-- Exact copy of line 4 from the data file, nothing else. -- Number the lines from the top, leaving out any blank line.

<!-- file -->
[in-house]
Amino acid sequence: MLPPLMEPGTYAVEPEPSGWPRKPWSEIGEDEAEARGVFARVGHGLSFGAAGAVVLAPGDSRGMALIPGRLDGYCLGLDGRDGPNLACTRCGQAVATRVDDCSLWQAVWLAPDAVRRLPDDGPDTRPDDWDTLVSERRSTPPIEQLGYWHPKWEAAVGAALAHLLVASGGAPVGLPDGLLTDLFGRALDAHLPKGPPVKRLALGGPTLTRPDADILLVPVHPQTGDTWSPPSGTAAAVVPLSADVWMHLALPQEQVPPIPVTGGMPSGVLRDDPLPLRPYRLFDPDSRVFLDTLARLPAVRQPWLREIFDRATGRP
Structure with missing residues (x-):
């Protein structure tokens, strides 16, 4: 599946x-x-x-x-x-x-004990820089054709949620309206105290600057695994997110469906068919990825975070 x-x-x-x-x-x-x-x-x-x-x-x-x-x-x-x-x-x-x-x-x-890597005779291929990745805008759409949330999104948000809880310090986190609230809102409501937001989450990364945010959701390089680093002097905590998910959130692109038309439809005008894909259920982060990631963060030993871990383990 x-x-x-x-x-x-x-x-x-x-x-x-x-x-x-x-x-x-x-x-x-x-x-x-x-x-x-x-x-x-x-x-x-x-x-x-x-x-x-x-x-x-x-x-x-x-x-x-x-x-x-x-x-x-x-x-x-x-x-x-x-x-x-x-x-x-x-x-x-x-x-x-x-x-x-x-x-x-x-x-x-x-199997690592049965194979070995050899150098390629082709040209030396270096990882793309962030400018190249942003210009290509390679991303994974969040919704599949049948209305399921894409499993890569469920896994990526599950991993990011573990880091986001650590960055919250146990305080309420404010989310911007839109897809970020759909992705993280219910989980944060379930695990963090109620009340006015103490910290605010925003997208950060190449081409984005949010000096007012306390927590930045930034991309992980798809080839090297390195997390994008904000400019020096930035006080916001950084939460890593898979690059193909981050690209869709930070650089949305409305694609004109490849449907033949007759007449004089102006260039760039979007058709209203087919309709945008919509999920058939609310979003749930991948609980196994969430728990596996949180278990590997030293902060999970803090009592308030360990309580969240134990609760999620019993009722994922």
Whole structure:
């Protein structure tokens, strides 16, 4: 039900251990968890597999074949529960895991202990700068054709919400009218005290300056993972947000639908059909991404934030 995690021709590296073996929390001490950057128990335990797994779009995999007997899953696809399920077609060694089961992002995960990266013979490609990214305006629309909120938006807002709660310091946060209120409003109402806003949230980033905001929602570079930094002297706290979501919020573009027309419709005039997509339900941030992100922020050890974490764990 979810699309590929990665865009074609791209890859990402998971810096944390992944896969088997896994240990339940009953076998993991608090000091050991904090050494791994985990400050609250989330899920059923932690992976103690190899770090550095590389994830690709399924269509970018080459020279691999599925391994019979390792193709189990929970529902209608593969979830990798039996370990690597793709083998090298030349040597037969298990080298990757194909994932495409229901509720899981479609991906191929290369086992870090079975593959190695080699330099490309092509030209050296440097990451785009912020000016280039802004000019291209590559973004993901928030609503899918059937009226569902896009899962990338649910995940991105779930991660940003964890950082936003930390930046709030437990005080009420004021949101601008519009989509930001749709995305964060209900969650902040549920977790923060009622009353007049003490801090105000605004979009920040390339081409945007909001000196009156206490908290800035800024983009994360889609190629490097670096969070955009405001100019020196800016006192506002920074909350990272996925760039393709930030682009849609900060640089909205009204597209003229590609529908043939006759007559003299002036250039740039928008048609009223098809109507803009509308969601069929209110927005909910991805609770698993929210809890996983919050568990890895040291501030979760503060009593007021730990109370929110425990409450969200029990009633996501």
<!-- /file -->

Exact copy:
């Protein structure tokens, strides 16, 4: 599946x-x-x-x-x-x-004990820089054709949620309206105290600057695994997110469906068919990825975070 x-x-x-x-x-x-x-x-x-x-x-x-x-x-x-x-x-x-x-x-x-890597005779291929990745805008759409949330999104948000809880310090986190609230809102409501937001989450990364945010959701390089680093002097905590998910959130692109038309439809005008894909259920982060990631963060030993871990383990 x-x-x-x-x-x-x-x-x-x-x-x-x-x-x-x-x-x-x-x-x-x-x-x-x-x-x-x-x-x-x-x-x-x-x-x-x-x-x-x-x-x-x-x-x-x-x-x-x-x-x-x-x-x-x-x-x-x-x-x-x-x-x-x-x-x-x-x-x-x-x-x-x-x-x-x-x-x-x-x-x-x-199997690592049965194979070995050899150098390629082709040209030396270096990882793309962030400018190249942003210009290509390679991303994974969040919704599949049948209305399921894409499993890569469920896994990526599950991993990011573990880091986001650590960055919250146990305080309420404010989310911007839109897809970020759909992705993280219910989980944060379930695990963090109620009340006015103490910290605010925003997208950060190449081409984005949010000096007012306390927590930045930034991309992980798809080839090297390195997390994008904000400019020096930035006080916001950084939460890593898979690059193909981050690209869709930070650089949305409305694609004109490849449907033949007759007449004089102006260039760039979007058709209203087919309709945008919509999920058939609310979003749930991948609980196994969430728990596996949180278990590997030293902060999970803090009592308030360990309580969240134990609760999620019993009722994922």